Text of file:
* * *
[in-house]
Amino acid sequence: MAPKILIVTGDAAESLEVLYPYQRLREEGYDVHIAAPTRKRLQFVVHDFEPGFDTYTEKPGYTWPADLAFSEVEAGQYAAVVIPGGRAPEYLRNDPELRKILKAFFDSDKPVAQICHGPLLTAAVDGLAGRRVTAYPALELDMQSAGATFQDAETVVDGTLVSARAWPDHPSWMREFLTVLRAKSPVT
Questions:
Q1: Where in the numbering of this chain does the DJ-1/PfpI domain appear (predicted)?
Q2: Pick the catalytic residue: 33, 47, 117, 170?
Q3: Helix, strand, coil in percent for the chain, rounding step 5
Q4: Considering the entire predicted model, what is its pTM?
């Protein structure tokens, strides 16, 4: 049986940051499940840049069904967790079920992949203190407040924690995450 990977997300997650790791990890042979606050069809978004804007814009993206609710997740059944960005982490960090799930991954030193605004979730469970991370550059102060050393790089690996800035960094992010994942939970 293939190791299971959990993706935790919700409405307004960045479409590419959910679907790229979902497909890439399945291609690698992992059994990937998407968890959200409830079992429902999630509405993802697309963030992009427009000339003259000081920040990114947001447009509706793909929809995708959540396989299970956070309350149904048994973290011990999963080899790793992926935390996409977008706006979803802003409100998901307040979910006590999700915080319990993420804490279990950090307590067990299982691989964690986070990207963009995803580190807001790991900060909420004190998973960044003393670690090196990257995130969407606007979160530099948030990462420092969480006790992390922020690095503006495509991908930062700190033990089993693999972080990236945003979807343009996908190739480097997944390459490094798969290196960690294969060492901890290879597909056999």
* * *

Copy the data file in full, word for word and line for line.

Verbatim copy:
[in-house]
Amino acid sequence: MAPKILIVTGDAAESLEVLYPYQRLREEGYDVHIAAPTRKRLQFVVHDFEPGFDTYTEKPGYTWPADLAFSEVEAGQYAAVVIPGGRAPEYLRNDPELRKILKAFFDSDKPVAQICHGPLLTAAVDGLAGRRVTAYPALELDMQSAGATFQDAETVVDGTLVSARAWPDHPSWMREFLTVLRAKSPVT
Questions:
Q1: Where in the numbering of this chain does the DJ-1/PfpI domain appear (predicted)?
Q2: Pick the catalytic residue: 33, 47, 117, 170?
Q3: Helix, strand, coil in percent for the chain, rounding step 5
Q4: Considering the entire predicted model, what is its pTM?
């Protein structure tokens, strides 16, 4: 049986940051499940840049069904967790079920992949203190407040924690995450 990977997300997650790791990890042979606050069809978004804007814009993206609710997740059944960005982490960090799930991954030193605004979730469970991370550059102060050393790089690996800035960094992010994942939970 293939190791299971959990993706935790919700409405307004960045479409590419959910679907790229979902497909890439399945291609690698992992059994990937998407968890959200409830079992429902999630509405993802697309963030992009427009000339003259000081920040990114947001447009509706793909929809995708959540396989299970956070309350149904048994973290011990999963080899790793992926935390996409977008706006979803802003409100998901307040979910006590999700915080319990993420804490279990950090307590067990299982691989964690986070990207963009995803580190807001790991900060909420004190998973960044003393670690090196990257995130969407606007979160530099948030990462420092969480006790992390922020690095503006495509991908930062700190033990089993693999972080990236945003979807343009996908190739480097997944390459490094798969290196960690294969060492901890290879597909056999």